Veiling an Indian beauty; in a word,
The seeming truth which cunning times put on
To entrap the wisest. Therefore, thou gaudy gold,
Hard food for Midas, I will none of thee:
Nor none of thee, thou pale and common druge
Tween man and man: but thou, thou meagre lead,
Which rather threatnest, than dost promise aught,
Thy plainness moves me more than eloquence,
And here choose I: Joy be the consequence!
Opening the leaden casket.
What find I here? Fair Portia's counterfeit?4
Here's the scroll,
The continent and summary of my fortune
You that choose not by the view,
Chance as fair, and choose as true!
Since this fortune falls to you,
Be content and seek no new.
If you be well pleased with this,
And hold your fortune for your bliss,
I might in virtues, beauties, livings, friends,
Exceed account: but the full sum of me
Is sum of something: which, to term in gross,
Is an unlesson'd girl, unschool'd, unpractised:
Happy in this, she is not yet so old
But she may learn; and happier than this,
She is not bred so dull but she can learn;
Happiest of all, is, that her gentle spirit
Commits itself to yours to be directed,
As from her loid, her governor, her king.
Myself, and what is mine, to you and yours
Is now converted: but now I was the lord
Of this fair mansion, master of my servants,
Queen o'er myself; and even now, but now,
This house, these servants, and this same myself,
Are yours, my lord; I give them with this ring;
Which when you part from, lose, or give away,
Let it presage the ruin of your love,
And be my vantage to exclaim on you.
Merchant of Venice, Acts II. and III.
THE SEVEN AGES. The banished duke, with Jaques and other lords, are in the forest of Arden, sitting at their plain repast. Orlando, who had been wandering in the forest in quest of food for an old servant, Adam, who could “go no further," suddenly comes upon the party, and with his sword drawn, exclaims, Orlando.
Forbear, I say;
He dies that touches any of this fruit,
Till I and my affairs are answer'd.
Jaques. An you will not
Be answer'd with reason, I must die.
Duke Sen. What would you have? Your gentleness shall force,
More than your force move us to gentleness.
Orla. I almost die for food, and let me have it.
Duke Sen. Sit down and feed, and welcome to our table.
Orla. Speak you so gently? Pardon
I thought that all things had been savage here;
And therefore put I on the countenance
Of stern commandment. But whate'er you are,
That in this desert inaccessible,
Under the shade of melancholy boughs,
Lose and neglect the creeping hours of time;
If ever you have look'd on better days;
If ever been where bells have knoll'd to church;
If ever sat at any good man's feast;
If ever from your eyelids wiped a tear,
And know what 'tis to pity, and be pitied;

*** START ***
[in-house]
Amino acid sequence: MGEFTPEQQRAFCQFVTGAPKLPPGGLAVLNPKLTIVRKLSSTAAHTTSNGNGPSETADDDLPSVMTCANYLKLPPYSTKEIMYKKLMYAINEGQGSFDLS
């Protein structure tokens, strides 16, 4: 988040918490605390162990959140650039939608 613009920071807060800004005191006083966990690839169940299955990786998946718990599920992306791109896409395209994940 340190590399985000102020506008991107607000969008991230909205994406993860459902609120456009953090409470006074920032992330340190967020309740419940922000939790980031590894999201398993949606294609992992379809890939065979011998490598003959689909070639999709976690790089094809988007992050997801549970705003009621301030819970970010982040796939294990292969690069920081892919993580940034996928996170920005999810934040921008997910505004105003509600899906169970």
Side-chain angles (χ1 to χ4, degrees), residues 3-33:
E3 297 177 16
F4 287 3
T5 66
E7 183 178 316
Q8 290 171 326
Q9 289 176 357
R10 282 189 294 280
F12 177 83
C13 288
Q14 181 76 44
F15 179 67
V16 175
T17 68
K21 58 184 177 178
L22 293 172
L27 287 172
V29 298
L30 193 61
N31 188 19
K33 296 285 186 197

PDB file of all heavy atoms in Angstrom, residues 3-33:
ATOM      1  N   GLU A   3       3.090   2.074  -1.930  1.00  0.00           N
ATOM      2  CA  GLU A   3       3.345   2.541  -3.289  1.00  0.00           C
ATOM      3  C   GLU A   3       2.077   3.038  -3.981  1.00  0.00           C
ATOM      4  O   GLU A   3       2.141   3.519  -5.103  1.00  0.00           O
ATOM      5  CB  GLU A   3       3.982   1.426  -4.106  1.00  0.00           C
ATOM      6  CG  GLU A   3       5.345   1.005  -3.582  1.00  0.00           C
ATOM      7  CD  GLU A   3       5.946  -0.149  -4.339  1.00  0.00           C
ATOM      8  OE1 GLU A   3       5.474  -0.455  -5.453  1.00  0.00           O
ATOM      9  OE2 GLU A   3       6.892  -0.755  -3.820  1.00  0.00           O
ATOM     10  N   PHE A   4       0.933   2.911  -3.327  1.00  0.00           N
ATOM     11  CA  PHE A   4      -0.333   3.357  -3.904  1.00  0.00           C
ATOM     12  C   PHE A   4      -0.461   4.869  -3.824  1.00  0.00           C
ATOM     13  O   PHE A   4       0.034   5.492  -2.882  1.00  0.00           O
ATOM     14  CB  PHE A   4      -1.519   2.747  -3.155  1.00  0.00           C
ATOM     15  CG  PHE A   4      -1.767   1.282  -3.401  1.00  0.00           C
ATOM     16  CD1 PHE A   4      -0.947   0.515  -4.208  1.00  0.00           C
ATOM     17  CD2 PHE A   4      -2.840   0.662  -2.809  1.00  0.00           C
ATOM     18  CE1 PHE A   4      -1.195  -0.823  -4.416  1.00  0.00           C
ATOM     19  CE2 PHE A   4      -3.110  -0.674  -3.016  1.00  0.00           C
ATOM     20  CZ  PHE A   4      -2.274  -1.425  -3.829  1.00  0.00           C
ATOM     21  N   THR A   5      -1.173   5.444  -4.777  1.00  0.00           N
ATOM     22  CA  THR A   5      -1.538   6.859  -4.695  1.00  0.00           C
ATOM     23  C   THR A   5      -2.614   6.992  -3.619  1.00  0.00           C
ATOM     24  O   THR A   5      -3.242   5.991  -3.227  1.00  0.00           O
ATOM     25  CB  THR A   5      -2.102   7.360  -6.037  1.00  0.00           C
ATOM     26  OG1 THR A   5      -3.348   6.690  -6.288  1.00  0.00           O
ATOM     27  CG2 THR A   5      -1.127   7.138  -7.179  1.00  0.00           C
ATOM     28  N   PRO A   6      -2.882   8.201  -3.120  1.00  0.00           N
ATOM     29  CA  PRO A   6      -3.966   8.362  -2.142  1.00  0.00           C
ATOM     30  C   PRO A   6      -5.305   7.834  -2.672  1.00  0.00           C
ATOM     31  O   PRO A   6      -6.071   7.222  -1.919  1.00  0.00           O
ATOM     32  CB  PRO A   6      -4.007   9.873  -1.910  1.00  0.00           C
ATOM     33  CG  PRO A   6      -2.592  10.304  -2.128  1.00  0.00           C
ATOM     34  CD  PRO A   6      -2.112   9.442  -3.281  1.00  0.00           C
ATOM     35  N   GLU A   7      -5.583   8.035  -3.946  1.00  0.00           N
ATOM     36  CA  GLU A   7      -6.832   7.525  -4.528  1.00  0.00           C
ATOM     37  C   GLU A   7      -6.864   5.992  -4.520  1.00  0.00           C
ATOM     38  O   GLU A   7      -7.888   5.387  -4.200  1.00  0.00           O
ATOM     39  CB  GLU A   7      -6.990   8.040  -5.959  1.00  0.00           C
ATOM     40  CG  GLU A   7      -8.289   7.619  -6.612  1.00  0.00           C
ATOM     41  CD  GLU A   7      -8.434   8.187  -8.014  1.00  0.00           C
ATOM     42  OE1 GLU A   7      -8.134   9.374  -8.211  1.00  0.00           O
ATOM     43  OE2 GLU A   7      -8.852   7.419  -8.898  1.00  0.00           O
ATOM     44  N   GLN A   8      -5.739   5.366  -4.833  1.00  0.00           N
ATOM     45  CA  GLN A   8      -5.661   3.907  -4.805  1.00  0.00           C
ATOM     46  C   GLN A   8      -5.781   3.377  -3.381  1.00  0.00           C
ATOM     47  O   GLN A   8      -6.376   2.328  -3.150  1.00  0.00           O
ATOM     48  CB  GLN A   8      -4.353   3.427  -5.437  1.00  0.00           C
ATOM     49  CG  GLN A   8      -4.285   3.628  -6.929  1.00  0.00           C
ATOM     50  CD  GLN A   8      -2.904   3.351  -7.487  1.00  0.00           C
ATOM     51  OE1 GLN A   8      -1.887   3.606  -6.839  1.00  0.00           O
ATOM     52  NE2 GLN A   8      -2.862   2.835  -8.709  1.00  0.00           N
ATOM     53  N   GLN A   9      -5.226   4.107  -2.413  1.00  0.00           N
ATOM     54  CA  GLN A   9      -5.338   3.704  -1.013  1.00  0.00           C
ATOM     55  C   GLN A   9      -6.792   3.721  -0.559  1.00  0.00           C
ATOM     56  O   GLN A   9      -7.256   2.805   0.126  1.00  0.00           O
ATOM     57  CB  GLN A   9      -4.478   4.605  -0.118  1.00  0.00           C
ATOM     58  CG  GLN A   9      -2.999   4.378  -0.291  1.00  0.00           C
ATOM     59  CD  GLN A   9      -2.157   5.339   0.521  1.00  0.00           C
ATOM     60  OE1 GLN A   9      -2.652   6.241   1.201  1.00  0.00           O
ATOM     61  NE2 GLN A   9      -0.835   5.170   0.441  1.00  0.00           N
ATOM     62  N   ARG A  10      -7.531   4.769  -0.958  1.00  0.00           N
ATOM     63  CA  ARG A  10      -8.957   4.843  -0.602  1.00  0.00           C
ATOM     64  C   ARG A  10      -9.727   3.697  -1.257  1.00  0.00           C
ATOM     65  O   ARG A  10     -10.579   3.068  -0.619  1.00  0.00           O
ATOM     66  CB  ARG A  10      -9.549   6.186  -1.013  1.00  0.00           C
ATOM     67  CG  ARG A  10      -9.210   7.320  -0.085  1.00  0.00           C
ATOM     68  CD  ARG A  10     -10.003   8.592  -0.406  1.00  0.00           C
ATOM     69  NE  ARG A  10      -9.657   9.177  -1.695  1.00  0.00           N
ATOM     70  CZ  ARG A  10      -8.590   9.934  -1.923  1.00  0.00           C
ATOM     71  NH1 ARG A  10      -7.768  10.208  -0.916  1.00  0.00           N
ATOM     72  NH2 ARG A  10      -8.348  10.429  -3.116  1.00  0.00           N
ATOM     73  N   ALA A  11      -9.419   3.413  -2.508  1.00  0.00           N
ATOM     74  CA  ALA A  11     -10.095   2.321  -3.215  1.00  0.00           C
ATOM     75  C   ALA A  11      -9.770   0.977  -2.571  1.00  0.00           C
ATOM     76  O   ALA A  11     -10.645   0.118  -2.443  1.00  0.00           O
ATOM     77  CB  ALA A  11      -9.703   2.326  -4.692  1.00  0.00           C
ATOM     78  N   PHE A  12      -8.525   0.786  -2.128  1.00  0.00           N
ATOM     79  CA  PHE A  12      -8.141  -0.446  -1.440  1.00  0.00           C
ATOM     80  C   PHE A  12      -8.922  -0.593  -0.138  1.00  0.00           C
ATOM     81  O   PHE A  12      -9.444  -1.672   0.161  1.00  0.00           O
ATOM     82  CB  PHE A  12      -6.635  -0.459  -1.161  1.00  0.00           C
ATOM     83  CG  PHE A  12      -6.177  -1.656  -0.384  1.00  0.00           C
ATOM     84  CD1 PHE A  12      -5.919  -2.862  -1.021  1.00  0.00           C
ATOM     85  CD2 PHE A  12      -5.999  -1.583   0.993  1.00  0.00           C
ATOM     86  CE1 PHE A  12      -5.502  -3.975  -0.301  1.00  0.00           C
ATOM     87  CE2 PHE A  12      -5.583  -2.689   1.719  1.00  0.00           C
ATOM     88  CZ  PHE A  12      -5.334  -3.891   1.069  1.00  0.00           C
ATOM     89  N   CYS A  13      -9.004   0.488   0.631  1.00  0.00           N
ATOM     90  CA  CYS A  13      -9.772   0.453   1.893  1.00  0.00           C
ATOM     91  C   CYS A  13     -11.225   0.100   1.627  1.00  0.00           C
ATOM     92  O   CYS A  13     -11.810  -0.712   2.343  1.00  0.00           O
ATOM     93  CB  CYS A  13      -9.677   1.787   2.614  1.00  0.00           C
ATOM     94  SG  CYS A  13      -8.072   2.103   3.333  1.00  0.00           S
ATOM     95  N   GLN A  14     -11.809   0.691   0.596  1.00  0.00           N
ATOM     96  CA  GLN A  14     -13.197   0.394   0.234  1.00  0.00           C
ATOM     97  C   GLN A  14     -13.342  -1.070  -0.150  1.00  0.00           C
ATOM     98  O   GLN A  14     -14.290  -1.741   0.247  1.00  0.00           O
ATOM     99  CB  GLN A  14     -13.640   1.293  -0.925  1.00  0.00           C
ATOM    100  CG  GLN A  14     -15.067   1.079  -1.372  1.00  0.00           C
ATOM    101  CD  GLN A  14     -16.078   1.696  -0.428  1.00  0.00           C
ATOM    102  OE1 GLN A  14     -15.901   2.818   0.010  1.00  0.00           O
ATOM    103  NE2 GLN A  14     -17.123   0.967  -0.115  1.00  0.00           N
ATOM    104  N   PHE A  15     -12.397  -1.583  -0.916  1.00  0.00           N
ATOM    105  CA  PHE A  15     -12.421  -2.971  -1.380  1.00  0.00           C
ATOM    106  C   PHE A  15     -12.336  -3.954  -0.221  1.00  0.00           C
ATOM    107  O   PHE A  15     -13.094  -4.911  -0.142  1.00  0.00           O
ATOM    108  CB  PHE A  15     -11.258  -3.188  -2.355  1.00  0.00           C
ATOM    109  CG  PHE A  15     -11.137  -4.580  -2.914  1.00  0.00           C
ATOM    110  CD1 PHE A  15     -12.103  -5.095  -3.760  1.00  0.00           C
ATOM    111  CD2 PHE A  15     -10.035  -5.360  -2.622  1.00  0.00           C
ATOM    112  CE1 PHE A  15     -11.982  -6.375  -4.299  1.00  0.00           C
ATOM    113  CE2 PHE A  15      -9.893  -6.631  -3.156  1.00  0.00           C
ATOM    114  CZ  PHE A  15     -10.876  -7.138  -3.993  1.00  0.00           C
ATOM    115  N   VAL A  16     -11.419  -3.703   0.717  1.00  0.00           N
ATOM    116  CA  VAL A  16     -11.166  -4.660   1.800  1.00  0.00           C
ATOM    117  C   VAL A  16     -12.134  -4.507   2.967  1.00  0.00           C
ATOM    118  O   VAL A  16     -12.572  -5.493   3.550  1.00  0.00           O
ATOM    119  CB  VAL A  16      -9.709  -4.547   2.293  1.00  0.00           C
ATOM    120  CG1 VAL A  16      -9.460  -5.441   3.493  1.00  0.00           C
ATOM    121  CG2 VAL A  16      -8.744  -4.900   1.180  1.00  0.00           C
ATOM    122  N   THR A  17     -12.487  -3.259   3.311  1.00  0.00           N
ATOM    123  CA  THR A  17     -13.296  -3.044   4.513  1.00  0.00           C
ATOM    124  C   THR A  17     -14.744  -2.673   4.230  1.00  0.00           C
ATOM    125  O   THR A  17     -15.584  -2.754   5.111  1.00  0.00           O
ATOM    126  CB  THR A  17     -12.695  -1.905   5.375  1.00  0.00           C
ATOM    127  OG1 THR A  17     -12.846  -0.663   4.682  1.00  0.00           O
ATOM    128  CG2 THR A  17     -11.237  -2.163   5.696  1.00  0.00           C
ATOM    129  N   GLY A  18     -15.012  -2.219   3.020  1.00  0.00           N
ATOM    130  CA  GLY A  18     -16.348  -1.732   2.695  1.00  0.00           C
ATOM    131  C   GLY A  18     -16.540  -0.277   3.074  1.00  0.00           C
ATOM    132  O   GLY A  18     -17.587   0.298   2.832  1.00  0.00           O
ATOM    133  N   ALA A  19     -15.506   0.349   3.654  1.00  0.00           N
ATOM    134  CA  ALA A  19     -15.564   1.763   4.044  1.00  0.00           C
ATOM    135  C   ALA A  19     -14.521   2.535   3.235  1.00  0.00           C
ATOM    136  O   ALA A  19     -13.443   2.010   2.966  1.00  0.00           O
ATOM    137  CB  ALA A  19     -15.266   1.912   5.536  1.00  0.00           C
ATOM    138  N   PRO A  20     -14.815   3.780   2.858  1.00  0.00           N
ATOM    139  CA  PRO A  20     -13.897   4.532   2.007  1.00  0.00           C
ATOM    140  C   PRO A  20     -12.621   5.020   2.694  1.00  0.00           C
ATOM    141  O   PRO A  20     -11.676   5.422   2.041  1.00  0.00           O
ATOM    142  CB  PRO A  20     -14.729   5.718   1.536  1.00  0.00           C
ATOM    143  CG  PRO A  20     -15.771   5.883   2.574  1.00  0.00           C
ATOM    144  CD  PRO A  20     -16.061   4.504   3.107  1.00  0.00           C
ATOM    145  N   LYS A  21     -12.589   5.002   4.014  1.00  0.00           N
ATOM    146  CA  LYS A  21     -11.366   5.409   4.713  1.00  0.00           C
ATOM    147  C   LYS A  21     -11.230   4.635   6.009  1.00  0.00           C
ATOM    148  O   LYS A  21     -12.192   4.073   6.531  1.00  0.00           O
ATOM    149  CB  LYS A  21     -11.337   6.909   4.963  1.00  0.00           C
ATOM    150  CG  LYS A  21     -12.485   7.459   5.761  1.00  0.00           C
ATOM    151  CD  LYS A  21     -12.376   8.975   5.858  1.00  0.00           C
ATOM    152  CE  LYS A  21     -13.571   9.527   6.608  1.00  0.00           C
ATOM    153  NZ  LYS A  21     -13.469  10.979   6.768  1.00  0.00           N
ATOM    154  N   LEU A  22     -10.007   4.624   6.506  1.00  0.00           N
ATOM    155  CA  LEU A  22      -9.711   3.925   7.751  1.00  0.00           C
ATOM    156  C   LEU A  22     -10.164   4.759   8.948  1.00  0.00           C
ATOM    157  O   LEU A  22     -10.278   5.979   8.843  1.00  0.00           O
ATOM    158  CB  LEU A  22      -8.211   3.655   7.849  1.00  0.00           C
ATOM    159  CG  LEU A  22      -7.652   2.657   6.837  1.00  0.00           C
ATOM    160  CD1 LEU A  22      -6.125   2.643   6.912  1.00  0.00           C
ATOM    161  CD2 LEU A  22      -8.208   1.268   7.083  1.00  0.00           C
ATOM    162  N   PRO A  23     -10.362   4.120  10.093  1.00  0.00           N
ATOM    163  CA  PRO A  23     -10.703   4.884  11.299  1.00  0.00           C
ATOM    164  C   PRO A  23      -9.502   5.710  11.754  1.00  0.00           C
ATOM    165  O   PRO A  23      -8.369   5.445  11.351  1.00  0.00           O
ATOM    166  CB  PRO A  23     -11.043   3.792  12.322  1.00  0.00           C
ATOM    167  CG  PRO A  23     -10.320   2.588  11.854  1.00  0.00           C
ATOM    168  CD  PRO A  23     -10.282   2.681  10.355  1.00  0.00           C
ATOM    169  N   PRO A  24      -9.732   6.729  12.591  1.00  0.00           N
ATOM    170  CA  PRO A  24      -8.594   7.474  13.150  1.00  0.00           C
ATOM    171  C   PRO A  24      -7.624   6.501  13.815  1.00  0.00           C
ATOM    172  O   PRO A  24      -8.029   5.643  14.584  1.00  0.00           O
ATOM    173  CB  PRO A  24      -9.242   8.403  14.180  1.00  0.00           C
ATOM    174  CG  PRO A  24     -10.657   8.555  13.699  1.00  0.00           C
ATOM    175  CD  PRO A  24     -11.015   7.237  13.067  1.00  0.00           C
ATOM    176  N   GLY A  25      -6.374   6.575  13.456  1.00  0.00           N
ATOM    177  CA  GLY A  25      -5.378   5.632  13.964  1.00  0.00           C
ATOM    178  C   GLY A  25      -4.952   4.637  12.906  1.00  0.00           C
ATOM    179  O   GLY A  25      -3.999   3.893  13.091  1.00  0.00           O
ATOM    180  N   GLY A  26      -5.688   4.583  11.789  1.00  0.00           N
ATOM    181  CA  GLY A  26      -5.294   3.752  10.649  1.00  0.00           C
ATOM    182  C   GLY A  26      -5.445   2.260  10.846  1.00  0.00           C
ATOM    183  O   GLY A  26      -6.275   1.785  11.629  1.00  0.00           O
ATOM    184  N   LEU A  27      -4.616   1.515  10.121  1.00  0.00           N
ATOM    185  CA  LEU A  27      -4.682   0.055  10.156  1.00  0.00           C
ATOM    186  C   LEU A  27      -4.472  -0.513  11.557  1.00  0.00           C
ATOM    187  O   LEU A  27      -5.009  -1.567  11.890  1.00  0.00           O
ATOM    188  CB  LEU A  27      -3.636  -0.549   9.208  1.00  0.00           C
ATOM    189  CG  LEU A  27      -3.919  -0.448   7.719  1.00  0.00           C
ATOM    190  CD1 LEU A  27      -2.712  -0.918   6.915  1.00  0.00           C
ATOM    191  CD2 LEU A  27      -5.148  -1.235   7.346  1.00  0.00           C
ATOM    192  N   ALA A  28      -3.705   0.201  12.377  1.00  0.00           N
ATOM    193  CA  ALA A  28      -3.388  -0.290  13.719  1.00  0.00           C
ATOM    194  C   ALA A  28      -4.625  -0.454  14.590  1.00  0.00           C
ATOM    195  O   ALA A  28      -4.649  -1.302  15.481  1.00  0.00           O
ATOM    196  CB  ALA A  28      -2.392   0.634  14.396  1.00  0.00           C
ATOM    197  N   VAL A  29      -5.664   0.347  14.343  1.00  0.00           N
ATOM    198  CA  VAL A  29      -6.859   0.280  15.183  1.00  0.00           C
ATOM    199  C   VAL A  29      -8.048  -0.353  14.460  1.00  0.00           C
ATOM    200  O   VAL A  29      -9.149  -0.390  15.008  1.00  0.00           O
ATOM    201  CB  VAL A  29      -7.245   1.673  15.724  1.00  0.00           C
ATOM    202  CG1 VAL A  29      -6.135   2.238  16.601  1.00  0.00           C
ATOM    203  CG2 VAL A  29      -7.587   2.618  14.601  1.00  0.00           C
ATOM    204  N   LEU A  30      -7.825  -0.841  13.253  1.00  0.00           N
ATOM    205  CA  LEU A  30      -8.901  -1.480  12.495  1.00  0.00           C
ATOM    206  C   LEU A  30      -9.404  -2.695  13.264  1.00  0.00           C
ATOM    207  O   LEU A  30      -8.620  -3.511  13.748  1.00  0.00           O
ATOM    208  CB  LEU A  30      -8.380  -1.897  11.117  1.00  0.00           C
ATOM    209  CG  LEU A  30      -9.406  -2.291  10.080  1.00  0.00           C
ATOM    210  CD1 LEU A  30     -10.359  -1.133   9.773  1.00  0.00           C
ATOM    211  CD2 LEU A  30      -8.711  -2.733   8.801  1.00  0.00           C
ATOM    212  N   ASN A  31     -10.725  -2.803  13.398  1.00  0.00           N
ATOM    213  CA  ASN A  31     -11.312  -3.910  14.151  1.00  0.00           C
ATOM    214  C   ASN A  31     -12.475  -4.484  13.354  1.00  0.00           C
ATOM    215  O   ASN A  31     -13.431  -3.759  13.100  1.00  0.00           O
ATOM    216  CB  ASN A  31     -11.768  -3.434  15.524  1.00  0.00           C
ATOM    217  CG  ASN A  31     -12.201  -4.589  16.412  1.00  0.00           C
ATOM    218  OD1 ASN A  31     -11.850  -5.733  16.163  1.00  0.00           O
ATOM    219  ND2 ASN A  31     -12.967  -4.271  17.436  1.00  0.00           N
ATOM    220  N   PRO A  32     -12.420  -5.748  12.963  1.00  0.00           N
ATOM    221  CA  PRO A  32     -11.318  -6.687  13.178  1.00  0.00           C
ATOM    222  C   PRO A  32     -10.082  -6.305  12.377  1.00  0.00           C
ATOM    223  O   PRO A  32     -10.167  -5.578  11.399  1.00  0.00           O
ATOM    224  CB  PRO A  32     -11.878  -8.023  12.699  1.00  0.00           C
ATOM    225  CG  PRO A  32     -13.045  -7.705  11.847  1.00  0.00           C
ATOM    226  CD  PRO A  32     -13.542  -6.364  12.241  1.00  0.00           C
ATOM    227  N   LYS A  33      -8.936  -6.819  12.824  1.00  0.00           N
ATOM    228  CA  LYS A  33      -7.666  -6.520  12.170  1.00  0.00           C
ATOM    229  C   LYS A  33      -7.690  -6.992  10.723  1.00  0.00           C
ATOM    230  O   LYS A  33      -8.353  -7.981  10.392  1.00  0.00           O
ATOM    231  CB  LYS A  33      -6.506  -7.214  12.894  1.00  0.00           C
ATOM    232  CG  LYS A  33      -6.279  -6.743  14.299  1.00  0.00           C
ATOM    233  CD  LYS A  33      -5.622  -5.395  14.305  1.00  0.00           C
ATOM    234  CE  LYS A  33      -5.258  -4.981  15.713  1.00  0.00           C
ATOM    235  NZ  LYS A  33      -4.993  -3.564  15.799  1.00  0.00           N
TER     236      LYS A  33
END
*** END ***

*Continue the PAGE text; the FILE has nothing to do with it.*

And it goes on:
Let gentleness my strong enforcement be:
In the which hope, I blush, and hide my sword.
Duke Sen. True it is that we have seen better days;
And have with holy bell been knoll'd to church;
And sat at good men's feasts; and wiped our eyes
Of drops that sacred pity hath engenderd:
And therefore sit you down in gentleness,
And take upon command! what help we have
That to your wanting may be minister'd.
Orla. Then but forbear your food a little while,
Whiles, like a doe, I go to find my fawn,
And give it food. There is an old poor man,
Who after me hath many a weary step
Limp'd in pure love; till he be first sufficed,
Oppressd with two weak evils, age and hunger,-
I will not touch a bit.
Duke Sen. Go find him out,
And we will nothing waste till your return.
Orla. I thank ye: and be bless'd for your good comfort! [Exit.
Duke Sen. Thou seest, we are not all alone unhappy:
This wide and universal theatre
Presents more woful pageants than the scene
Wherein we play in.
Jaq. All the world's a stage,
And all the men and women merely players :
They have their exits and their entrances;
And one man in his time plays many parts,
His acts being seven ages.
At first, the infant,
Mewling and puking in the nurse's arms:
And then, the whining school-boy with his satchel,
And shining morning-face, creeping like snail
Unwillingly to school: And then the lover;
Sighing like furnace, with a woful ballad
Made to his mistress' eyebrow: Then, a soldier;
Full of strange oaths, and bearded like the pard,
Jealous in honor, sudden and quick in quarrel,
Seeking the bubble reputation
Even in the cannon's mouth: And then, the justice;
In fair round belly, with good capon lined,
With eyes severe, and beard of formal cut,2
Full of wise saws and modern instances,
And so he plays his part: The sixth age shifts
Into the lean and slipper'd pantaloon;
With spectacles on nose and pouch on side:
His youthful hose, well saved, a world too wide
For his shrunk shank; and his big manly voice,
Turning again toward childish treble, pipes
And whistles in his sound: Last scene of all,
That ends this strange eventful history,
Is second childishness, and mere oblivion:
Sans teeth, sans eyes, sans taste, sans every thing.
As You Like Il, Act II. Scene VII.
CLARENCE'S DREAM. The Duke of Clarence, having been imprisoned in the Tower, for the purpose of being murdered, by his brother Richard III., thus relates to Sir Robert Brakenbury, the lieutenant of the Tower, his dream of the preceding night